If you’re a US citizen, scammers have found a new way to make money at your expense, using the global pandemic as a ‘hook.’ Since the start of the pandemic, there have been a number of campaigns designed and run by scammers to spread misinformation, steal vaccine research, and scam people out of money.
The latest variant on that sees the scammers sending out emails like baited hooks that appear to come from a wide range of US government agencies offering federal assistance.
Stripping away the details about the pandemic, these are classic phishing emails designed to collect a wealth of personal data that the scammers can use to help identify user names and passwords that could be used in credential stuffing attacks later on.
A typical email in this campaign will claim that the recipient may be entitled to thousands of dollars of pandemic relief assistance, and provide a link in the body of the email to “verify your eligibility.”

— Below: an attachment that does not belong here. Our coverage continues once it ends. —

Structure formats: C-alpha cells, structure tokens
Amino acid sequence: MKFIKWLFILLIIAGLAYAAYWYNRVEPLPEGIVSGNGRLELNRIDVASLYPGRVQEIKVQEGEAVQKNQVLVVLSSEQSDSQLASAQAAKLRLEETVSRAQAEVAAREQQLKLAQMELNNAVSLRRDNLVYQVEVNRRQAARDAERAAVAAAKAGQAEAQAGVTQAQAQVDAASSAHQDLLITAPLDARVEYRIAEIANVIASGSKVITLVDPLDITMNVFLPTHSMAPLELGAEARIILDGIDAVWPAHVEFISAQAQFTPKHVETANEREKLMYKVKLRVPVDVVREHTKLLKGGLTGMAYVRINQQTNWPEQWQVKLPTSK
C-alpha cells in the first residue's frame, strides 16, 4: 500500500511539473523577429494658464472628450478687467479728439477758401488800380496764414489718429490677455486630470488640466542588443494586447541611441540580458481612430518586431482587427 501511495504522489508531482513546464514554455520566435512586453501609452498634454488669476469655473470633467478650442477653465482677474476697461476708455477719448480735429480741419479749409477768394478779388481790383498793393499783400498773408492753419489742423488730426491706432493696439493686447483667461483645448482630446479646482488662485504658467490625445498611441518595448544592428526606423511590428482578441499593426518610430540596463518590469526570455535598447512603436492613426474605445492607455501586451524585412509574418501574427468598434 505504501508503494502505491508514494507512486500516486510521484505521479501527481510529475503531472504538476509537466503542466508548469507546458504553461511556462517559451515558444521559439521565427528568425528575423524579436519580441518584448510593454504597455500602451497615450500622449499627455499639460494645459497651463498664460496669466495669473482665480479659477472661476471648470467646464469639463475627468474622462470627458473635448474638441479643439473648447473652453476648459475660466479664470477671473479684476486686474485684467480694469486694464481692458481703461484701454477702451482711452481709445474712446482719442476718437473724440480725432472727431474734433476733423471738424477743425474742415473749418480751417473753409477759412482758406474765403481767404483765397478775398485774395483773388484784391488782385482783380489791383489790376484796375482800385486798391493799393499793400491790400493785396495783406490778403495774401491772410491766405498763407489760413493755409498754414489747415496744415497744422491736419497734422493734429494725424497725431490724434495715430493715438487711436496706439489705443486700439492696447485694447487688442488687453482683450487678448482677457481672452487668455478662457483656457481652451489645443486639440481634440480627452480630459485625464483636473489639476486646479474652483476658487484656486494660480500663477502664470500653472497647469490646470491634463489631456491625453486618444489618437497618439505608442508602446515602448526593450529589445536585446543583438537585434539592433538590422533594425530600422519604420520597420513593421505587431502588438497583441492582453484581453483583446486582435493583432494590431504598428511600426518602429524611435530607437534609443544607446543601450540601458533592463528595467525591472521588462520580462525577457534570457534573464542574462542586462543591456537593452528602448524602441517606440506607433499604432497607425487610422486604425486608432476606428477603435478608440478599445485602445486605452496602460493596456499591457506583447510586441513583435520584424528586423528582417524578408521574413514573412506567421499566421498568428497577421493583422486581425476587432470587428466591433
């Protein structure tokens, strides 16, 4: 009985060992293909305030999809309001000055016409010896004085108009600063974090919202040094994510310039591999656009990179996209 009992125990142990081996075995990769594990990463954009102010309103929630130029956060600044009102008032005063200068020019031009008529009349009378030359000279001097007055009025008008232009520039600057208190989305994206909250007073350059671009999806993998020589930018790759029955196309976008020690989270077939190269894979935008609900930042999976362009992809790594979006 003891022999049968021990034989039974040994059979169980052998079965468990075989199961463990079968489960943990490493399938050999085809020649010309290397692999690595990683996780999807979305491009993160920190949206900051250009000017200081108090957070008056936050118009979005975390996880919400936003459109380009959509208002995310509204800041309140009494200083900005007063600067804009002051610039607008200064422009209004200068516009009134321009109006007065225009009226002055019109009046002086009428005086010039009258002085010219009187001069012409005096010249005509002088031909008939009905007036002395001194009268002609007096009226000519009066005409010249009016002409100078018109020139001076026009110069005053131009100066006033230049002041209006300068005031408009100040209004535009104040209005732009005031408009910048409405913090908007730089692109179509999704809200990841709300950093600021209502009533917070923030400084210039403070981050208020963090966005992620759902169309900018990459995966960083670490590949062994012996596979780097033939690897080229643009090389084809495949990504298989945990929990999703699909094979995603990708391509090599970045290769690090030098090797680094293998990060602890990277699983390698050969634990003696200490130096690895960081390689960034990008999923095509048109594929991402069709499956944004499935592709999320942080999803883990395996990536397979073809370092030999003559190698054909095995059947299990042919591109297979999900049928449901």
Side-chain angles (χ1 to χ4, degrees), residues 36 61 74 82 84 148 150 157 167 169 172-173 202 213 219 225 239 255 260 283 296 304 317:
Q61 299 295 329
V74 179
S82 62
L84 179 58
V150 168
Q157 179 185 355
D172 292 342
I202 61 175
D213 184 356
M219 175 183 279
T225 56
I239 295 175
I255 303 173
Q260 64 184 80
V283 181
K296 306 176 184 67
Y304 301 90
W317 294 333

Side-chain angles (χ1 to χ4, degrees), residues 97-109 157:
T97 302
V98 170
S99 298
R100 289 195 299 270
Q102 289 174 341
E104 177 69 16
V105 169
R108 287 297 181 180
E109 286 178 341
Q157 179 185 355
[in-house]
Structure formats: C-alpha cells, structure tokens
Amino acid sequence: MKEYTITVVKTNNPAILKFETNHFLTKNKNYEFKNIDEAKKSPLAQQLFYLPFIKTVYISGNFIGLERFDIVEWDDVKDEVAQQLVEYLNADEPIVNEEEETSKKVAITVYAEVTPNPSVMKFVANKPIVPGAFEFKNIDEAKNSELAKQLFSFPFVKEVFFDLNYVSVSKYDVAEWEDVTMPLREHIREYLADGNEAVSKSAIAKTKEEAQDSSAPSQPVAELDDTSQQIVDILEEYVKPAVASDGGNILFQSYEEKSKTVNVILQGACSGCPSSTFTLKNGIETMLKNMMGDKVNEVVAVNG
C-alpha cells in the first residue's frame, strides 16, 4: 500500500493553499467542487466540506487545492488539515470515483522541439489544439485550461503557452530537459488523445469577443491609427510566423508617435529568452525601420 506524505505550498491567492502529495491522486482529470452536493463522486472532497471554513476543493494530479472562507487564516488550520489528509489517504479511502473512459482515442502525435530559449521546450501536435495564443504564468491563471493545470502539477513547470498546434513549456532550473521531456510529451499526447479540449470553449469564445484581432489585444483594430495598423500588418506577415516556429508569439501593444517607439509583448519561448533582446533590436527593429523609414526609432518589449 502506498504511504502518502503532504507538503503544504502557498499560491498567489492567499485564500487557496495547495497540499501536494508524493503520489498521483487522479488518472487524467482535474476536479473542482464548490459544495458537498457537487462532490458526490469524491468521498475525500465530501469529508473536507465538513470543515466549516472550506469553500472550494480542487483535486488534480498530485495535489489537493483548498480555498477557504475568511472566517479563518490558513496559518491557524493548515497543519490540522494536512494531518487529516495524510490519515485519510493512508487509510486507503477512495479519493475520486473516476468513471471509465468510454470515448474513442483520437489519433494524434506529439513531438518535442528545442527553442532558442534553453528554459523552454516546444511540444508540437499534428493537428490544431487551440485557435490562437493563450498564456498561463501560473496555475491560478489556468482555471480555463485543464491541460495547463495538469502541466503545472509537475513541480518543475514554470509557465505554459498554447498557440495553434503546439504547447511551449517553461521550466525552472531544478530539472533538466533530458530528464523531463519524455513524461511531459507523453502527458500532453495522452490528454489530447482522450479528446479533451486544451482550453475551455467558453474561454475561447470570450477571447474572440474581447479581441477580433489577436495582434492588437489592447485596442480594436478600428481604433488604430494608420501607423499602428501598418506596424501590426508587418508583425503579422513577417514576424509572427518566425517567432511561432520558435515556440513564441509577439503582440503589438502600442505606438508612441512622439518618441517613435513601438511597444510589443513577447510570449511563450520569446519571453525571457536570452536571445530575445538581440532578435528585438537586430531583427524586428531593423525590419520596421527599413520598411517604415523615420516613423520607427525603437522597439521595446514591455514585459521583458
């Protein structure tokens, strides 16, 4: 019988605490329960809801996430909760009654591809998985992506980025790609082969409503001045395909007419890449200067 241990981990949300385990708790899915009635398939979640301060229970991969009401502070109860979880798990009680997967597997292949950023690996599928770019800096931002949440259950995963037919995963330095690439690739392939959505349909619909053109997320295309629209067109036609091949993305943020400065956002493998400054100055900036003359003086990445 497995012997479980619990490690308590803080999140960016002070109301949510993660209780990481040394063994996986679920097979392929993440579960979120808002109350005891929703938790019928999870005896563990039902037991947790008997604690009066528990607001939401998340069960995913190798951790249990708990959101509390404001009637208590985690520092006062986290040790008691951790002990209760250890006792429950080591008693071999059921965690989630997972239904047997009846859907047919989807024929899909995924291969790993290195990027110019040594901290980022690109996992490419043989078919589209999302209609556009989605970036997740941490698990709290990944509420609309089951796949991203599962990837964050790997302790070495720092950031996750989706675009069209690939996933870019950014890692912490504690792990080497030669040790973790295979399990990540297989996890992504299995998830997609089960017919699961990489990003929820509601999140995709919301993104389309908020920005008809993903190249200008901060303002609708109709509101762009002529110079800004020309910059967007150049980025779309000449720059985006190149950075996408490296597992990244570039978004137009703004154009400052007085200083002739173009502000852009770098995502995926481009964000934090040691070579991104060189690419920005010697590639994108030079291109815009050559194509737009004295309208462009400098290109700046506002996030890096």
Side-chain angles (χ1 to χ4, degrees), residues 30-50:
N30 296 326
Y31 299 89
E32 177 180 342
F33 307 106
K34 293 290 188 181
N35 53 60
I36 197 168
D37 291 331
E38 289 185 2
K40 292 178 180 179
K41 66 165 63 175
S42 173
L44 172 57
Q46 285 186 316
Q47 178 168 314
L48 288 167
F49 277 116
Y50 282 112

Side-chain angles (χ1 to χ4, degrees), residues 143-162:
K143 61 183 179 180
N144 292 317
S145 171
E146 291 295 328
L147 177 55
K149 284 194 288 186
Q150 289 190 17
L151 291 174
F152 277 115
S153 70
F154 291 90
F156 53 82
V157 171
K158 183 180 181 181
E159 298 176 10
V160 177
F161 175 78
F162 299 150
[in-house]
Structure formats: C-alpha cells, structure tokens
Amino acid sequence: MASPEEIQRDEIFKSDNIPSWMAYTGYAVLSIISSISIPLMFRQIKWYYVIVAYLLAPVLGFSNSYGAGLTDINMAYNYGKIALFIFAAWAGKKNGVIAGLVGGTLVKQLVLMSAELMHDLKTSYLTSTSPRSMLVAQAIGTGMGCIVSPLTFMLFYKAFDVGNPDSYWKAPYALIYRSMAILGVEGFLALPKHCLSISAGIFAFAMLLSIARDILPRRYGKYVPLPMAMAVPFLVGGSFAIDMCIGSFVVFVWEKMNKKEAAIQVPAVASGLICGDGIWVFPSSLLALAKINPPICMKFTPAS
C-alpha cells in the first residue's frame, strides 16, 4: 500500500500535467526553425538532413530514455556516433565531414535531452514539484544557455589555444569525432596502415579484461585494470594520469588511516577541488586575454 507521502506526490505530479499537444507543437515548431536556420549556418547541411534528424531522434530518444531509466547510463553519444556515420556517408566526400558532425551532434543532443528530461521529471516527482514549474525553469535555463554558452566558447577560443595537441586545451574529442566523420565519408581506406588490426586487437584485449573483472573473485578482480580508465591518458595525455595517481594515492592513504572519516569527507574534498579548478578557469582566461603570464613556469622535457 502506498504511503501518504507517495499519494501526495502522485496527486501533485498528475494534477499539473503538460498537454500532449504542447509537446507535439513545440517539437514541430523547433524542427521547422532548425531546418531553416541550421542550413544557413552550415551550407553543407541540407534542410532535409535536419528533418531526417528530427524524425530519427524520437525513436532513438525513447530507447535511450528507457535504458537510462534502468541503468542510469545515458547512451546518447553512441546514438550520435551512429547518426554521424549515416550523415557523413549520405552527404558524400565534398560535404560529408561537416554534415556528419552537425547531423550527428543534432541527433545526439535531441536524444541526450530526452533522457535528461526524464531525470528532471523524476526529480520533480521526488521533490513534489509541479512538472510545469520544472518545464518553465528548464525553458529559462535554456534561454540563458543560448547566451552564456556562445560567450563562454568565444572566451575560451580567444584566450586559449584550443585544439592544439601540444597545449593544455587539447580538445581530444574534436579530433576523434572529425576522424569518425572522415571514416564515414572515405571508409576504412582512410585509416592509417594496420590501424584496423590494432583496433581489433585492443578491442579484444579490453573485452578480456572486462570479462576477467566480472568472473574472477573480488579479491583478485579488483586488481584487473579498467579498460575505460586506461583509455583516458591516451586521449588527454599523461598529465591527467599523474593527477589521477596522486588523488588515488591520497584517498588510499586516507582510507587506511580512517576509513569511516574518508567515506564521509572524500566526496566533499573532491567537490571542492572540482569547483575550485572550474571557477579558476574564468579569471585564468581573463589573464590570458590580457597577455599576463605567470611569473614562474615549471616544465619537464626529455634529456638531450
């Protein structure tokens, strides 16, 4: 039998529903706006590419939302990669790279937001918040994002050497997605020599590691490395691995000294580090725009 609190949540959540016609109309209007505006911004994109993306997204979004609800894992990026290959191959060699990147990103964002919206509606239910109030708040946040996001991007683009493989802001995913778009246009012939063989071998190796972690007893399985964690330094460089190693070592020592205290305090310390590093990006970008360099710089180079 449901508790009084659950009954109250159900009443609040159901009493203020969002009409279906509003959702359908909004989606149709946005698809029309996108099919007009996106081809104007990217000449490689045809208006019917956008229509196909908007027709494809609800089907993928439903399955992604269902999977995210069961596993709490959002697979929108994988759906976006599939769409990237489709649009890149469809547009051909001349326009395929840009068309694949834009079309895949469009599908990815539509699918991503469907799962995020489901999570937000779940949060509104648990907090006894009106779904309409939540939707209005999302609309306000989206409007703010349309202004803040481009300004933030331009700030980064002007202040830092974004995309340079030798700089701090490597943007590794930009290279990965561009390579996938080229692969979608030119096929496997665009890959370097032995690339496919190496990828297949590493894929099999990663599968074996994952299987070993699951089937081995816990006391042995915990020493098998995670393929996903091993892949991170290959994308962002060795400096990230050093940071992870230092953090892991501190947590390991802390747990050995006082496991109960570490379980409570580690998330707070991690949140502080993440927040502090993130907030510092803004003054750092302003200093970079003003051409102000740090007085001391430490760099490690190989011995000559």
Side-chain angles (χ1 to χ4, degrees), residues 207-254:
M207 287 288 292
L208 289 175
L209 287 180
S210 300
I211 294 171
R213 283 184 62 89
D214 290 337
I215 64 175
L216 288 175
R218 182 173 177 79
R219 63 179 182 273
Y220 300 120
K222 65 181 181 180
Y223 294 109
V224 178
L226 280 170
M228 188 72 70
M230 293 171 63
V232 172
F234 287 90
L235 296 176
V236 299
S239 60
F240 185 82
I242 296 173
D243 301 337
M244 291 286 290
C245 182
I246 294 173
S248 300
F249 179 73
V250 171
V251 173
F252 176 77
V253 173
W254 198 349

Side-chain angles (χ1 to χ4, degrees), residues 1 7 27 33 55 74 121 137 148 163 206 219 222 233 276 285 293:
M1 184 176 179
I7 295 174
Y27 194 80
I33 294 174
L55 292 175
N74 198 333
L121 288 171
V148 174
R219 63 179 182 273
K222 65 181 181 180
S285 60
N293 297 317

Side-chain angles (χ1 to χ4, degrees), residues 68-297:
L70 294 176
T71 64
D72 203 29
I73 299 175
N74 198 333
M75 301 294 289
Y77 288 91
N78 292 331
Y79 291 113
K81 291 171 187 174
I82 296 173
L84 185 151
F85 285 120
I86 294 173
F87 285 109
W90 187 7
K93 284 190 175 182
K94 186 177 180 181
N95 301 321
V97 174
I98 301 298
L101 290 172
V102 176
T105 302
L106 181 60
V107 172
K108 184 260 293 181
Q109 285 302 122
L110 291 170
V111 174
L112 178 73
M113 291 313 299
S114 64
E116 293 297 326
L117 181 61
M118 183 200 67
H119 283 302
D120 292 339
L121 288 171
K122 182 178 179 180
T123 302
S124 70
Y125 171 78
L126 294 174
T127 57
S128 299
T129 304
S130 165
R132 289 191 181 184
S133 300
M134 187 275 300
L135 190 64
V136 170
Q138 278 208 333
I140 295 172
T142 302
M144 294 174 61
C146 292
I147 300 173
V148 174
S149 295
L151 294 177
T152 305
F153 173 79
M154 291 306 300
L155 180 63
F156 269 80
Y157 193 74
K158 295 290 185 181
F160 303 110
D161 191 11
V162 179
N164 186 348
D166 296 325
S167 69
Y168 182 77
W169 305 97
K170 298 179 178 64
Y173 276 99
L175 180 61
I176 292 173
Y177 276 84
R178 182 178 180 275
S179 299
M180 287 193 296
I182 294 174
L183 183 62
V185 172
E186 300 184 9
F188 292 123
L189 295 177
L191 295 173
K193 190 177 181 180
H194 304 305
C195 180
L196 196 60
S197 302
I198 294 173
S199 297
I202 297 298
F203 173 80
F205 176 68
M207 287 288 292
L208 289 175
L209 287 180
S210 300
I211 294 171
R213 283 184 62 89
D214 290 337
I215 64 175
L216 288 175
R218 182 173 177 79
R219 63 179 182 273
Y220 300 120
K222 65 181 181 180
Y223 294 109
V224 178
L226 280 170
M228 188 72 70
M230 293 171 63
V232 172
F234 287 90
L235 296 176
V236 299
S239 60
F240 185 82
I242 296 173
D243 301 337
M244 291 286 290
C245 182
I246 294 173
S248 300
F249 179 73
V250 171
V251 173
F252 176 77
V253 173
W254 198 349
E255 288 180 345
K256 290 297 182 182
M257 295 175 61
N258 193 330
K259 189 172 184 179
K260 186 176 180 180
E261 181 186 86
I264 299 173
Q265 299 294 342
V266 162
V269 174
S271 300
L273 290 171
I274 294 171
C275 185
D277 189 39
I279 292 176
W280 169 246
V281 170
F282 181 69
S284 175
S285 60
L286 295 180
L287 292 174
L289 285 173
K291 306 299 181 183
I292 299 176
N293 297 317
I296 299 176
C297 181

Naturally, if an unsuspecting user clicks the link, instead of being taken to a page which will verify eligibility, he’ll be taken to a page containing capture boxes, and any information (name, address, social security number, income information, etc.) will be added to a growing database maintained by the scammers for use later.
A variant of the approach is to send potential victims a letter informing them that their pandemic relief payments have been temporarily suspended “due to suspicious activity” and include an embedded link. The link will give them the opportunity to have their payments restarted. Content differences aside, the page at the other end of the link works in exactly the same way as our first example.
It doesn’t get much lower than this, but one thing we’ve come to understand is that hackers and scammers will stoop to just about any low. Most of us know someone who’s out of work because of the pandemic. Make sure they’re aware of these kinds of operations. If we work together, we can minimize the impact of these types of campaigns.
Used with permission from Article Aggregator